A Pew Research Center piece from earlier this year highlights the differing levels of access to technology across income classes, as well as the different ways that lower income individuals access the internet (see below). Simply put, lower income individuals have less access to the internet. When they do access the internet, they are often dependent on smart phones rather than tablets, laptops or desktops. The reliance on smart phones for internet access for more vulnerable taxpayers, combined with how important refundable credits are to the economic welfare of low and moderate income Americans, means that a tax system that fails to recognize the preferences and needs of these taxpayers is likely to fail to deliver quality service to many taxpayers who most need it.

This is a key challenge for those who are charged with the responsibility of ensuring that we have a 21st century tax system that delivers to all taxpayers. There is no simple way to build a world class tax system, especially one that is charged with not just collecting revenues (a herculean task in itself) but also a system that is responsible for delivering benefits that can mean the difference between living in and out of poverty.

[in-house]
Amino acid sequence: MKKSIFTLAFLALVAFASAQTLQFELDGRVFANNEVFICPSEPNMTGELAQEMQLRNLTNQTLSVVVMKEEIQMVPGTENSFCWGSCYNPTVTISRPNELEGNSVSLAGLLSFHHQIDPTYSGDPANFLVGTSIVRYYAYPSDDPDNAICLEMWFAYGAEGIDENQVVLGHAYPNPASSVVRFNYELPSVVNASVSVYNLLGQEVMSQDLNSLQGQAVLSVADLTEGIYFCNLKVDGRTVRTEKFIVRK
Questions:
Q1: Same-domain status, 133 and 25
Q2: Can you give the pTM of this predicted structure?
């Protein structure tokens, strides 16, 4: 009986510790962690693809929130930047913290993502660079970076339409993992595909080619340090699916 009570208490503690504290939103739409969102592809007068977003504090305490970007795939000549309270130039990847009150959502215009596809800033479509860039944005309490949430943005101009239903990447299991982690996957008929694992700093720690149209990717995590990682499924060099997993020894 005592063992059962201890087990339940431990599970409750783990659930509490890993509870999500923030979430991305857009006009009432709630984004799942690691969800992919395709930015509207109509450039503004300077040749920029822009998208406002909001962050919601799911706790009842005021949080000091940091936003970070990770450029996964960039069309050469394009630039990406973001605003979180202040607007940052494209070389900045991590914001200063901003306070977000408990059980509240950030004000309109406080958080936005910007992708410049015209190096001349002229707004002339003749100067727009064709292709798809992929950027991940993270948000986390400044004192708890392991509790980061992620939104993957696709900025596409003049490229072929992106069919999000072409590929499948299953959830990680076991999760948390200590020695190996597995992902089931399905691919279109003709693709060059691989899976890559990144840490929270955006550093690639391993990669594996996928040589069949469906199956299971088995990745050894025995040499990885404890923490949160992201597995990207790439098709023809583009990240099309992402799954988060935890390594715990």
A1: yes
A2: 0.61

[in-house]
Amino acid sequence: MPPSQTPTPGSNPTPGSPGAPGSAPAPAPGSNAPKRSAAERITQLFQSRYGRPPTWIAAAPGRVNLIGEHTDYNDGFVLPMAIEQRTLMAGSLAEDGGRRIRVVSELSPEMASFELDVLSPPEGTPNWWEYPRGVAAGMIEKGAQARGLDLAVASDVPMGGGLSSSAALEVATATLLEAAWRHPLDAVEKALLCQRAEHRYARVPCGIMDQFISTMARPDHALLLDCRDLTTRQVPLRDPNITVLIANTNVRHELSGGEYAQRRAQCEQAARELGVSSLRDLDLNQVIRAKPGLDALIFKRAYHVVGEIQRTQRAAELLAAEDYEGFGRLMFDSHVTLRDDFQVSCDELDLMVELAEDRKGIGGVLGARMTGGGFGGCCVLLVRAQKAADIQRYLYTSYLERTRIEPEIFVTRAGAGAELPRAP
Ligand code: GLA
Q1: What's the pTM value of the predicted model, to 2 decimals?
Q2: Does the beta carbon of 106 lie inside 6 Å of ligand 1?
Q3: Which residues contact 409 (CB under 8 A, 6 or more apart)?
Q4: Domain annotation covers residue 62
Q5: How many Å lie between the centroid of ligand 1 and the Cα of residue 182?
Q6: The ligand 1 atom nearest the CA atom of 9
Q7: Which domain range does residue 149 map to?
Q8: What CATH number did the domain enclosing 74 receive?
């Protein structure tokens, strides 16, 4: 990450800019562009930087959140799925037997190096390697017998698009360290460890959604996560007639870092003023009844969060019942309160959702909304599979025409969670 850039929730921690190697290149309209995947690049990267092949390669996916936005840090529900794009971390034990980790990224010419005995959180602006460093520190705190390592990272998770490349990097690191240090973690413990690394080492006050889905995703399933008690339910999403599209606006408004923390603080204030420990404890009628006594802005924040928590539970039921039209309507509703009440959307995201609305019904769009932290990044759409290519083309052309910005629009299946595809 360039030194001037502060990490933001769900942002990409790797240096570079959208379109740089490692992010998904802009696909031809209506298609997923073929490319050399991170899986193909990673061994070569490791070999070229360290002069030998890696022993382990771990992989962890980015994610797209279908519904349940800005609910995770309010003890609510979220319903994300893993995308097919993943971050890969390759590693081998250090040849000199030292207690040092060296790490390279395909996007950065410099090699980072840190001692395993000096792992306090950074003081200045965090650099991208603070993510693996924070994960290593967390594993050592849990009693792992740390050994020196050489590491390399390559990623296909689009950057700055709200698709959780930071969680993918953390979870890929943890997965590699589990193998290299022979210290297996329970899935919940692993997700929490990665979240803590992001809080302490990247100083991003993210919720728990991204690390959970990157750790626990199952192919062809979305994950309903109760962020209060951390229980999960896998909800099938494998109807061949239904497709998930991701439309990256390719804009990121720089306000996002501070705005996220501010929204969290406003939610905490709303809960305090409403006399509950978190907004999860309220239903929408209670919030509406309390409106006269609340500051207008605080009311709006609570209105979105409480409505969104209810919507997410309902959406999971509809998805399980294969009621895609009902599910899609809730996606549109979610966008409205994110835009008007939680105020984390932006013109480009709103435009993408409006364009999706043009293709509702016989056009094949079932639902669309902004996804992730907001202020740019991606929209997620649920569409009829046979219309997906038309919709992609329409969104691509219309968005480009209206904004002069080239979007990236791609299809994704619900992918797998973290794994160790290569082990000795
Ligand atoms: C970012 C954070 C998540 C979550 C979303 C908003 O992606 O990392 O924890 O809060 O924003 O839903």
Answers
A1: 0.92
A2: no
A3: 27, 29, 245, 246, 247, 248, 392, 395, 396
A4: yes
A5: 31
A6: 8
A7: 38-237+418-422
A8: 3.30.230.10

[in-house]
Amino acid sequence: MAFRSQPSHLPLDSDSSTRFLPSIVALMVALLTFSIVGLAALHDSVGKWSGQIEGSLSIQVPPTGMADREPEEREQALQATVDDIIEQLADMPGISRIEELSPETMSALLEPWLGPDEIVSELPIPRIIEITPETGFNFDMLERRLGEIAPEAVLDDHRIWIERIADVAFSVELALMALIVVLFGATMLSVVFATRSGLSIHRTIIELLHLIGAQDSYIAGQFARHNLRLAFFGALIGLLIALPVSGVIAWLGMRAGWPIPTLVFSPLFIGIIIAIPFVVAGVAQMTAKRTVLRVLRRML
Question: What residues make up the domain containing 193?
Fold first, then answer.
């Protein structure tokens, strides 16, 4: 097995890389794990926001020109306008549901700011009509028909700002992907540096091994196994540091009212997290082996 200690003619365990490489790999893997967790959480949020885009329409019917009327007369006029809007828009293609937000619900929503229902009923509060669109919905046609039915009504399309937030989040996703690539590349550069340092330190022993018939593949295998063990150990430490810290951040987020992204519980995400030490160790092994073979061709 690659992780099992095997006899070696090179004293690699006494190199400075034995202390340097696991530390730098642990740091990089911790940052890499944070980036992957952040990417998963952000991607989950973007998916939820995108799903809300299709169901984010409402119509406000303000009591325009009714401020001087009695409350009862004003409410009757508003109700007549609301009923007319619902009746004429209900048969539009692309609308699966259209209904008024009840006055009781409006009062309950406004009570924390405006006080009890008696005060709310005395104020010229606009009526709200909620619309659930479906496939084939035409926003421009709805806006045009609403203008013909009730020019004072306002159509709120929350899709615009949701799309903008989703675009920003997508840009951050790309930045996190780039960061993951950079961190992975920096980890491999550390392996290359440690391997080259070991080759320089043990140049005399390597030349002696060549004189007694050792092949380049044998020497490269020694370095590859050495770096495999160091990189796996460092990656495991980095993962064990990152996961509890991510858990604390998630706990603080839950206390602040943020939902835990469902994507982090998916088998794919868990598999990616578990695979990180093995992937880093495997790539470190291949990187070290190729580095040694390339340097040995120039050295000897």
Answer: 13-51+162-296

Leslie Book About Leslie Book

Professor Book is a Professor of Law at the Villanova University Charles Widger School of Law.

Comments

  1. The irony of including a table showing technology distribution by income is the reality that a large percentage of those who fall into the <$30,000 income grouping do not have any filing requirement at all. So when we speak of lower income people having less access to the internet, we should also be addressing what percentage of those have a need to access IRS resources.